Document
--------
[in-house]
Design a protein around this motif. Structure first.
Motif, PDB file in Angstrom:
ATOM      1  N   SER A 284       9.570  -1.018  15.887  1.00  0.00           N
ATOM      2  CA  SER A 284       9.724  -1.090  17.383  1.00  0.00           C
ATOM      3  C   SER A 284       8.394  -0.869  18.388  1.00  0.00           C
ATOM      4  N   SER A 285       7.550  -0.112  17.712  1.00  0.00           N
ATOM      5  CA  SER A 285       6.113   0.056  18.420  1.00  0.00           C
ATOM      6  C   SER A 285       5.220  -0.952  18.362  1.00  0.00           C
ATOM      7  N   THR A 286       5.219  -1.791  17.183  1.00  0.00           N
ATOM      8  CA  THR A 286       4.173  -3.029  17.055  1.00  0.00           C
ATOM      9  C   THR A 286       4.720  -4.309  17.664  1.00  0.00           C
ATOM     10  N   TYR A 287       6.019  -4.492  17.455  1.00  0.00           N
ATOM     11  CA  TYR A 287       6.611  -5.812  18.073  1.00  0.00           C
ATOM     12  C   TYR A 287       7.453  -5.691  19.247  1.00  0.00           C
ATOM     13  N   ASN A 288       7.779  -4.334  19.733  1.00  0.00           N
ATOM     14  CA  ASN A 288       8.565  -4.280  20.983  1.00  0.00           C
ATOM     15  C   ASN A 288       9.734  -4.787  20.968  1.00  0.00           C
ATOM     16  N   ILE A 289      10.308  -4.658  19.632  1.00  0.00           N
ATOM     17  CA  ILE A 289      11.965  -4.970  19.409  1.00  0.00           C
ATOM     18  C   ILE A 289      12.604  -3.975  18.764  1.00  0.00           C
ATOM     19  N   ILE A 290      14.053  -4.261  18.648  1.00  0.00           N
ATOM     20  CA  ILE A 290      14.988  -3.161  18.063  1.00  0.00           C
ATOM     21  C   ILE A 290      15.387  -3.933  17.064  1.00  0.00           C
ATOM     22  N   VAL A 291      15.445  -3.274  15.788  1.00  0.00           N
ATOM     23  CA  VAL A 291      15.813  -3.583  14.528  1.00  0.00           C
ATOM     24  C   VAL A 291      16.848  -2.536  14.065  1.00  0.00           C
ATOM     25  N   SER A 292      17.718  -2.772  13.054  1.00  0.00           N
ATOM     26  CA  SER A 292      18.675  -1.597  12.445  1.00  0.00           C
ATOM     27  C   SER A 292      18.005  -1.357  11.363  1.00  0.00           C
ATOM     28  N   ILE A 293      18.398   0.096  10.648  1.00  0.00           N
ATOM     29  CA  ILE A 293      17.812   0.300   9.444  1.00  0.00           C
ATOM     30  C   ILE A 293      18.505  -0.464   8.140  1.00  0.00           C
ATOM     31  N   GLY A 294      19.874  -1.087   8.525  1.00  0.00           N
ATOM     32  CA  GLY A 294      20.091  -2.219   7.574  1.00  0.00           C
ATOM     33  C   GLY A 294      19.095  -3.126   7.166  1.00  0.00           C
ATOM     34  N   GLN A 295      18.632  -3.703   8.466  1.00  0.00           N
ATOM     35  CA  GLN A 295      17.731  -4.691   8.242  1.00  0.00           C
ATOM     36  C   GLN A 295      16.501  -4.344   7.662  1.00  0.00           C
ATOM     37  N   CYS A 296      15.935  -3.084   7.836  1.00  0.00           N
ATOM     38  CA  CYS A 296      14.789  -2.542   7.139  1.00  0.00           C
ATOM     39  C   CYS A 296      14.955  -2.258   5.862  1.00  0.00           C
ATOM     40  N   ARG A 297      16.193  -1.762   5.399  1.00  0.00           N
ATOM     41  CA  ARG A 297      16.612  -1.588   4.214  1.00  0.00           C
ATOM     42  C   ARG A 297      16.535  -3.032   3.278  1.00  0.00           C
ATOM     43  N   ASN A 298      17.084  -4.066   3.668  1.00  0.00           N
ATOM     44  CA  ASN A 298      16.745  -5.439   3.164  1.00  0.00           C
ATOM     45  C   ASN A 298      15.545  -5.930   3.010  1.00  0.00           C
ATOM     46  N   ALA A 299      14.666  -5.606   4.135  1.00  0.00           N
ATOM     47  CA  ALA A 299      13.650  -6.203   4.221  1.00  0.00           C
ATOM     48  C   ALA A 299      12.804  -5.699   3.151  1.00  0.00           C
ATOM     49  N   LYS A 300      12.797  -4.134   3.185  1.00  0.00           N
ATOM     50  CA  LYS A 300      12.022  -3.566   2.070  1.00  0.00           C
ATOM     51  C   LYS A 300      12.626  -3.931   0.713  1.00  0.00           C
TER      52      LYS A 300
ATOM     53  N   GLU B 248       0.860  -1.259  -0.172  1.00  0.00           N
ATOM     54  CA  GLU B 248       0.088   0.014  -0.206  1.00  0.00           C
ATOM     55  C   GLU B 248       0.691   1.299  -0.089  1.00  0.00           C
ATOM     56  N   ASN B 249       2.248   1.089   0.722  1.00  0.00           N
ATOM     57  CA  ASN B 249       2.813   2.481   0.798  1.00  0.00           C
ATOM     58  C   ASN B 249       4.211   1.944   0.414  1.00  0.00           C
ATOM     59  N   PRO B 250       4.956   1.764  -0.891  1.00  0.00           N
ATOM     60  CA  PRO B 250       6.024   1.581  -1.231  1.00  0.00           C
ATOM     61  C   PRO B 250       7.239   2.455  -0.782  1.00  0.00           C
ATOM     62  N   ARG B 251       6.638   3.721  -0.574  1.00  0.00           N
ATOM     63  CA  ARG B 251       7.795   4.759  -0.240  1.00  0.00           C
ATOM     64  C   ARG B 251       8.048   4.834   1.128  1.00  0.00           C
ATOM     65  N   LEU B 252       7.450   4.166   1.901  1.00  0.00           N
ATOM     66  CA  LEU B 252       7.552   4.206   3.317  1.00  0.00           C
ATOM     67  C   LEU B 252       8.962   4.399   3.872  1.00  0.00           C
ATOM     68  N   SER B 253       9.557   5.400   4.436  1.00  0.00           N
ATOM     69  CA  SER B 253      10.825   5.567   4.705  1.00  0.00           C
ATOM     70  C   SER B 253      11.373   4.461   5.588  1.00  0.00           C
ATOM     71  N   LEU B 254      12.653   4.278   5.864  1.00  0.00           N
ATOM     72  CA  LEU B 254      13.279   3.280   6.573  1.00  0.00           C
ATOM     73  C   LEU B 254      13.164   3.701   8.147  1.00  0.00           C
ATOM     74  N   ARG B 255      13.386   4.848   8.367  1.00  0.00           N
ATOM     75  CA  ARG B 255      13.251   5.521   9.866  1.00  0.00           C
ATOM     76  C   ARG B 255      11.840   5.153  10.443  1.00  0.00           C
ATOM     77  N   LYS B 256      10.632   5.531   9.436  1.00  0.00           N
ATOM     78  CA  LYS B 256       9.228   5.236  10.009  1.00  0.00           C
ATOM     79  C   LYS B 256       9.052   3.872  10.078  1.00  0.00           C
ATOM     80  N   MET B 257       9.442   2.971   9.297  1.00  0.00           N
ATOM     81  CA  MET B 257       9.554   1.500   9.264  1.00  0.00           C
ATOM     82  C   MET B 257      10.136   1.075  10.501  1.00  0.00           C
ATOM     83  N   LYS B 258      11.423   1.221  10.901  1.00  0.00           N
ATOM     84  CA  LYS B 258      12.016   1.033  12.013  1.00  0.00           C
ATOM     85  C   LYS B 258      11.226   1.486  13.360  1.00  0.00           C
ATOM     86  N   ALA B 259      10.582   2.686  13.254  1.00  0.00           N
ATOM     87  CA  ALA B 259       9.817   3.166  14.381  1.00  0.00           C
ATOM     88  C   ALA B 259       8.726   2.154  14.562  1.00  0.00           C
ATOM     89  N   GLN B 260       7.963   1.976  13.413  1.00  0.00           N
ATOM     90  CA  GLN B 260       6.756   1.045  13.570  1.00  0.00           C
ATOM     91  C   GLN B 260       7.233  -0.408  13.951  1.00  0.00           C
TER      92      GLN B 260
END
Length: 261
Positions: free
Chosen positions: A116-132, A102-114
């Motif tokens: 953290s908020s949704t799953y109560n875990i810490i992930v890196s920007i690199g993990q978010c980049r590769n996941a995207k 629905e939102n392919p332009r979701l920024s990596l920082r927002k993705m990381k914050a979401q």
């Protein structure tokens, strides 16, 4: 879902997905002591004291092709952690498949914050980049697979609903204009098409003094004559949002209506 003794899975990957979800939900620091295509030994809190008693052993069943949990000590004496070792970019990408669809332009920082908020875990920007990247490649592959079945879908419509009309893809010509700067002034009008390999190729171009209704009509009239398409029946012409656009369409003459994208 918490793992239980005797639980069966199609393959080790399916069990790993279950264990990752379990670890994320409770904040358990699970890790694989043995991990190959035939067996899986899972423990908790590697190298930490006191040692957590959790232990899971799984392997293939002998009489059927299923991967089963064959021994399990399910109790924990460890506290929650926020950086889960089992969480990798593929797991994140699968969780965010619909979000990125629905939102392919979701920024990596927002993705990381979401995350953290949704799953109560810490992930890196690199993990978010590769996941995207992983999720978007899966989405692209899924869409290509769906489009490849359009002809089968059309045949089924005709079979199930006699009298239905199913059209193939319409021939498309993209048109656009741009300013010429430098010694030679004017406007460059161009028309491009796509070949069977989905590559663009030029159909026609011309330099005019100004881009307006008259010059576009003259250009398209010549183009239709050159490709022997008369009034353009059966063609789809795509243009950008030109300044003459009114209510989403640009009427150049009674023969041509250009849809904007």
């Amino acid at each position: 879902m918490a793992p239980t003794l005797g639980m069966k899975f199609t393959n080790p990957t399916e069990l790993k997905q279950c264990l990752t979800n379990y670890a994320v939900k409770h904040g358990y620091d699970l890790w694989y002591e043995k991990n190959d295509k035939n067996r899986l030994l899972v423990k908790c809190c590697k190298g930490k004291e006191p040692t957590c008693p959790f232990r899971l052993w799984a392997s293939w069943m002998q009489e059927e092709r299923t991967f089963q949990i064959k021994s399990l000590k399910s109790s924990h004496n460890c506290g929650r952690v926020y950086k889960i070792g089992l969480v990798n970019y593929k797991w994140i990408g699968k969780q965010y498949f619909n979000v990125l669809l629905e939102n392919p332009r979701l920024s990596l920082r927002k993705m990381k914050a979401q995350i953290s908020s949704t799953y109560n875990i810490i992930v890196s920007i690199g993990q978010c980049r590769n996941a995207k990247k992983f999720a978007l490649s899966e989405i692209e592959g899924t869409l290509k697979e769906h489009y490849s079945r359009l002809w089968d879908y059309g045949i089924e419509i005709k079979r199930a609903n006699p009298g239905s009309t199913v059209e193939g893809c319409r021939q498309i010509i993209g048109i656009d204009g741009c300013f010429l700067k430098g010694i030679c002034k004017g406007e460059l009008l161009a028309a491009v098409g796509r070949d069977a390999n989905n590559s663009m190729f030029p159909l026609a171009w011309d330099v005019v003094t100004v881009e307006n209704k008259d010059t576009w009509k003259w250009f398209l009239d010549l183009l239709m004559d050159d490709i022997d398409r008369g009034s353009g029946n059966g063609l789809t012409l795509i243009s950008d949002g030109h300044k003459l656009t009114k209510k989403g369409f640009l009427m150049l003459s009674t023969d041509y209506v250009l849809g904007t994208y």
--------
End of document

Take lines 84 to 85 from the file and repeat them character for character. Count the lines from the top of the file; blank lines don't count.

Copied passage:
ATOM     81  CA  MET B 257       9.554   1.500   9.264  1.00  0.00           C
ATOM     82  C   MET B 257      10.136   1.075  10.501  1.00  0.00           C